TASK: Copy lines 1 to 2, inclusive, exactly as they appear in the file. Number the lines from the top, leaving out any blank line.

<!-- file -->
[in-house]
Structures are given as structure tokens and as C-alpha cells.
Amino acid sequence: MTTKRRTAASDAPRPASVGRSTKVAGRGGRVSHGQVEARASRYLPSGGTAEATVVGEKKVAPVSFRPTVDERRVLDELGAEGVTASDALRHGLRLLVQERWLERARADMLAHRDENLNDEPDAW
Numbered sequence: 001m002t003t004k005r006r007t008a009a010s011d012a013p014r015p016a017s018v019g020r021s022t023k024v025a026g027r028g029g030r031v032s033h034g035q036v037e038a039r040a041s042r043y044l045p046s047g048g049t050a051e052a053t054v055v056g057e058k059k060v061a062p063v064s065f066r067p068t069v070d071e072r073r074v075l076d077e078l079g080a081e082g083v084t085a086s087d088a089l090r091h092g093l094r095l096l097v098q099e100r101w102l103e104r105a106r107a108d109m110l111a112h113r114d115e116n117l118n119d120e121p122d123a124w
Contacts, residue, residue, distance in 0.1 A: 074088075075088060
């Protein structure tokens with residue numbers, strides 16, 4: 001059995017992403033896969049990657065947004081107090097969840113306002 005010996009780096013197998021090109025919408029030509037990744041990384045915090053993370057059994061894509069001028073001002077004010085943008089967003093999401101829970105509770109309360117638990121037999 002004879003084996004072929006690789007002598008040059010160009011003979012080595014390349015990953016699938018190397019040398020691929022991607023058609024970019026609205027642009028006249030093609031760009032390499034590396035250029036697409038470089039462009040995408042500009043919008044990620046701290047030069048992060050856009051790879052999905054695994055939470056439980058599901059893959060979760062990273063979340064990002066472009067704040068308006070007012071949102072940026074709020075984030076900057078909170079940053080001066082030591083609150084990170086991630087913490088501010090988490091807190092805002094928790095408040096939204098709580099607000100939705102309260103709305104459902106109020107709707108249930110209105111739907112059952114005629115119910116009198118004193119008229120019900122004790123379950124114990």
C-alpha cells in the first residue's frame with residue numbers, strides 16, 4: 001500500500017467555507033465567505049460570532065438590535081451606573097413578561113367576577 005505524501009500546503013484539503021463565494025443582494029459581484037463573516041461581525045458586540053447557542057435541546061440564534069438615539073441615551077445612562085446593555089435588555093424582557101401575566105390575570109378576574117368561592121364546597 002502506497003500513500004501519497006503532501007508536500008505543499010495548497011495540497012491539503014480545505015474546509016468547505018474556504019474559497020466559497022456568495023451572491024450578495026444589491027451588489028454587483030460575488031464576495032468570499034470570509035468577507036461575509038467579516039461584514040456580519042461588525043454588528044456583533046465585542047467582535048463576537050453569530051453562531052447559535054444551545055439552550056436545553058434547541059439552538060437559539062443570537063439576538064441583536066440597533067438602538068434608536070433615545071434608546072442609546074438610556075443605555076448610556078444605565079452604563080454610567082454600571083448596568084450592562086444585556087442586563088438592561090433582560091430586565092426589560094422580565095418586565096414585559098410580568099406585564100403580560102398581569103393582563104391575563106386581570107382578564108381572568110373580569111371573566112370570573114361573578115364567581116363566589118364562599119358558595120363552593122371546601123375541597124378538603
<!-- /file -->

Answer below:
[in-house]
Structures are given as structure tokens and as C-alpha cells.